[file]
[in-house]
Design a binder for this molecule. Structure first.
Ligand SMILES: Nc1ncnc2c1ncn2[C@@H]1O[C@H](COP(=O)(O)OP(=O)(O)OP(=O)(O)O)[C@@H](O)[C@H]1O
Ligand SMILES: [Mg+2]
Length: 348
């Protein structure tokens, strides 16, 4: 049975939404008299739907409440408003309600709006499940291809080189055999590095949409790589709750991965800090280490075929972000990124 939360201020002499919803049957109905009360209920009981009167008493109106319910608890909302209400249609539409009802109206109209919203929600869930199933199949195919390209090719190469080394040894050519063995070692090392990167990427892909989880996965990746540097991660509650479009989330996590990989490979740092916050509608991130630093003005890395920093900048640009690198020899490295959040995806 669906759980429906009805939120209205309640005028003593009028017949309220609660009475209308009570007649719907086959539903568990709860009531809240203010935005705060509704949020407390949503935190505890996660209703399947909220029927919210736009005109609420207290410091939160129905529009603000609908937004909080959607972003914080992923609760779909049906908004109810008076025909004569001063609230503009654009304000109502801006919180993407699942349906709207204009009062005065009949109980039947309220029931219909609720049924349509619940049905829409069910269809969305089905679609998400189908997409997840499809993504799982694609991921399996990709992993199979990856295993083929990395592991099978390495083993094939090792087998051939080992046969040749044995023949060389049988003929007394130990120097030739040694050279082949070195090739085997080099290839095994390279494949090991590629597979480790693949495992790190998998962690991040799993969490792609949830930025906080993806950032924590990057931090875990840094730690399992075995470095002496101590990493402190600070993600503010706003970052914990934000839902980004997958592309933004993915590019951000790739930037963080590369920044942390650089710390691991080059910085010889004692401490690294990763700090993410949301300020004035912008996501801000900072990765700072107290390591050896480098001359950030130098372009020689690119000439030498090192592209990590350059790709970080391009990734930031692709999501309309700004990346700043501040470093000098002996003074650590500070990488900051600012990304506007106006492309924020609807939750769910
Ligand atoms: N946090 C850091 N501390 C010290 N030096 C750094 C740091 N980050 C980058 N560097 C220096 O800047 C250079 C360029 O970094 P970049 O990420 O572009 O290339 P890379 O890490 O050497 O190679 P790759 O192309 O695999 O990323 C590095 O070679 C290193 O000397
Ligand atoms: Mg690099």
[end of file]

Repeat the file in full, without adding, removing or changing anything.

[in-house]
Design a binder for this molecule. Structure first.
Ligand SMILES: Nc1ncnc2c1ncn2[C@@H]1O[C@H](COP(=O)(O)OP(=O)(O)OP(=O)(O)O)[C@@H](O)[C@H]1O
Ligand SMILES: [Mg+2]
Length: 348
């Protein structure tokens, strides 16, 4: 049975939404008299739907409440408003309600709006499940291809080189055999590095949409790589709750991965800090280490075929972000990124 939360201020002499919803049957109905009360209920009981009167008493109106319910608890909302209400249609539409009802109206109209919203929600869930199933199949195919390209090719190469080394040894050519063995070692090392990167990427892909989880996965990746540097991660509650479009989330996590990989490979740092916050509608991130630093003005890395920093900048640009690198020899490295959040995806 669906759980429906009805939120209205309640005028003593009028017949309220609660009475209308009570007649719907086959539903568990709860009531809240203010935005705060509704949020407390949503935190505890996660209703399947909220029927919210736009005109609420207290410091939160129905529009603000609908937004909080959607972003914080992923609760779909049906908004109810008076025909004569001063609230503009654009304000109502801006919180993407699942349906709207204009009062005065009949109980039947309220029931219909609720049924349509619940049905829409069910269809969305089905679609998400189908997409997840499809993504799982694609991921399996990709992993199979990856295993083929990395592991099978390495083993094939090792087998051939080992046969040749044995023949060389049988003929007394130990120097030739040694050279082949070195090739085997080099290839095994390279494949090991590629597979480790693949495992790190998998962690991040799993969490792609949830930025906080993806950032924590990057931090875990840094730690399992075995470095002496101590990493402190600070993600503010706003970052914990934000839902980004997958592309933004993915590019951000790739930037963080590369920044942390650089710390691991080059910085010889004692401490690294990763700090993410949301300020004035912008996501801000900072990765700072107290390591050896480098001359950030130098372009020689690119000439030498090192592209990590350059790709970080391009990734930031692709999501309309700004990346700043501040470093000098002996003074650590500070990488900051600012990304506007106006492309924020609807939750769910
Ligand atoms: N946090 C850091 N501390 C010290 N030096 C750094 C740091 N980050 C980058 N560097 C220096 O800047 C250079 C360029 O970094 P970049 O990420 O572009 O290339 P890379 O890490 O050497 O190679 P790759 O192309 O695999 O990323 C590095 O070679 C290193 O000397
Ligand atoms: Mg690099």